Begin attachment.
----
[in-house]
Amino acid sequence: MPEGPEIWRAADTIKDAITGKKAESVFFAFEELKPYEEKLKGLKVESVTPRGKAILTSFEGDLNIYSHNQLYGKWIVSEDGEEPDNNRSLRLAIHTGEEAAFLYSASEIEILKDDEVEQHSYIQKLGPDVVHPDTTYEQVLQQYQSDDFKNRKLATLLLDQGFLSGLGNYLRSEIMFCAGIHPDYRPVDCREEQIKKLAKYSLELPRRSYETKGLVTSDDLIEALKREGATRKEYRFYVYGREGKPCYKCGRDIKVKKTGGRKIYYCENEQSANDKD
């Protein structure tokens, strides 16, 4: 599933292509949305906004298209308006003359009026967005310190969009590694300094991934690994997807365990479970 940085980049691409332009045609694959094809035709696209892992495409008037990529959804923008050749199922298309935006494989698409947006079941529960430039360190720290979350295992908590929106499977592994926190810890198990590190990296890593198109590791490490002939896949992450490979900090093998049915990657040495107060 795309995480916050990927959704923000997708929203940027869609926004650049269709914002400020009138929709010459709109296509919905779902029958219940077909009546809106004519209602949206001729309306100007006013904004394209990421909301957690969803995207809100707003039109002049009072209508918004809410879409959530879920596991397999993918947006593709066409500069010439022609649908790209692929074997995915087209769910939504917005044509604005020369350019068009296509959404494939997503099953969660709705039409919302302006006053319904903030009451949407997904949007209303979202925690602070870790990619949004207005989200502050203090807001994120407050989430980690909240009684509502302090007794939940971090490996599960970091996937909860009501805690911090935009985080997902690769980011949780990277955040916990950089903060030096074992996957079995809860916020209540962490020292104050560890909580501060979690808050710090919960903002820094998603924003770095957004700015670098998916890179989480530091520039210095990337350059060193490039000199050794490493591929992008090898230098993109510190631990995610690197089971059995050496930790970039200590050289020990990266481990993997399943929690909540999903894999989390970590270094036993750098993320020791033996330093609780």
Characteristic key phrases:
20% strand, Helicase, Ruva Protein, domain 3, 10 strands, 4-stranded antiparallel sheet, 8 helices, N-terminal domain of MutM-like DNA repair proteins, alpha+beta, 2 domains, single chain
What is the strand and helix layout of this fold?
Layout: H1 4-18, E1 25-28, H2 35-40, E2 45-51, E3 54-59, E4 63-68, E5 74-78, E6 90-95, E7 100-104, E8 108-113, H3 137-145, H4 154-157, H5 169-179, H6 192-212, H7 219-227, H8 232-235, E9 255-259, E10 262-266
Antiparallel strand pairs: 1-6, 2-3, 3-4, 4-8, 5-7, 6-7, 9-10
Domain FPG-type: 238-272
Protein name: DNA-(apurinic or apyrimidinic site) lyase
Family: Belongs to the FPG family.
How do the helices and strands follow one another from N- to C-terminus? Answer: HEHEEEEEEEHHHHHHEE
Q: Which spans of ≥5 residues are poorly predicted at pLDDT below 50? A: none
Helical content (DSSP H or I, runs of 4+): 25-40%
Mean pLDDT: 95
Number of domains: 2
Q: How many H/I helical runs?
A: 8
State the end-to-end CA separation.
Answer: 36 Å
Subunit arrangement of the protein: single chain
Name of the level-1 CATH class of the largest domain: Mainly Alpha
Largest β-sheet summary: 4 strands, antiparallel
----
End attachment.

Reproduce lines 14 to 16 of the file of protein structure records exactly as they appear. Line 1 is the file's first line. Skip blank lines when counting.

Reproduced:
Helical content (DSSP H or I, runs of 4+): 25-40%
Mean pLDDT: 95
Number of domains: 2